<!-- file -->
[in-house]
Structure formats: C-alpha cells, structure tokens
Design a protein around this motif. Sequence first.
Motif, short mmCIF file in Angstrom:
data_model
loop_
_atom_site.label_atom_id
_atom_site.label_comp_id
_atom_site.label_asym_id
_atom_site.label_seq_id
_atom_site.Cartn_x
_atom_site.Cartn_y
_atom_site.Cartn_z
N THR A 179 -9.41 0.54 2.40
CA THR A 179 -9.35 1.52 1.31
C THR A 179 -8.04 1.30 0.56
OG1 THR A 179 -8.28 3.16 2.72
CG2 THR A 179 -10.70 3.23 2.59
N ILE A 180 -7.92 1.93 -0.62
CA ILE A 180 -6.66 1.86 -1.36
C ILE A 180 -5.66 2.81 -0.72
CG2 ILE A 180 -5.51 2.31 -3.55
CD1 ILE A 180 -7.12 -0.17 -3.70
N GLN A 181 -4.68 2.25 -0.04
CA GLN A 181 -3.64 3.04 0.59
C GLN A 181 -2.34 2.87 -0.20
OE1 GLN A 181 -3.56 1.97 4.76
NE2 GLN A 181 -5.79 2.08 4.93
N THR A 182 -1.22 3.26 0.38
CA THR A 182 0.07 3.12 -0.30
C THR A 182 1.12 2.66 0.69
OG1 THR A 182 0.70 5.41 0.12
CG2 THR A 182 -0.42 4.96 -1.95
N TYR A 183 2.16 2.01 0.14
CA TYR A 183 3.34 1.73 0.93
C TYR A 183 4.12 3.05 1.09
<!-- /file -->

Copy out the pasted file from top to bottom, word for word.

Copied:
[in-house]
Structure formats: C-alpha cells, structure tokens
Design a protein around this motif. Sequence first.
Motif, short mmCIF file in Angstrom:
data_model
loop_
_atom_site.label_atom_id
_atom_site.label_comp_id
_atom_site.label_asym_id
_atom_site.label_seq_id
_atom_site.Cartn_x
_atom_site.Cartn_y
_atom_site.Cartn_z
N THR A 179 -9.41 0.54 2.40
CA THR A 179 -9.35 1.52 1.31
C THR A 179 -8.04 1.30 0.56
OG1 THR A 179 -8.28 3.16 2.72
CG2 THR A 179 -10.70 3.23 2.59
N ILE A 180 -7.92 1.93 -0.62
CA ILE A 180 -6.66 1.86 -1.36
C ILE A 180 -5.66 2.81 -0.72
CG2 ILE A 180 -5.51 2.31 -3.55
CD1 ILE A 180 -7.12 -0.17 -3.70
N GLN A 181 -4.68 2.25 -0.04
CA GLN A 181 -3.64 3.04 0.59
C GLN A 181 -2.34 2.87 -0.20
OE1 GLN A 181 -3.56 1.97 4.76
NE2 GLN A 181 -5.79 2.08 4.93
N THR A 182 -1.22 3.26 0.38
CA THR A 182 0.07 3.12 -0.30
C THR A 182 1.12 2.66 0.69
OG1 THR A 182 0.70 5.41 0.12
CG2 THR A 182 -0.42 4.96 -1.95
N TYR A 183 2.16 2.01 0.14
CA TYR A 183 3.34 1.73 0.93
C TYR A 183 4.12 3.05 1.09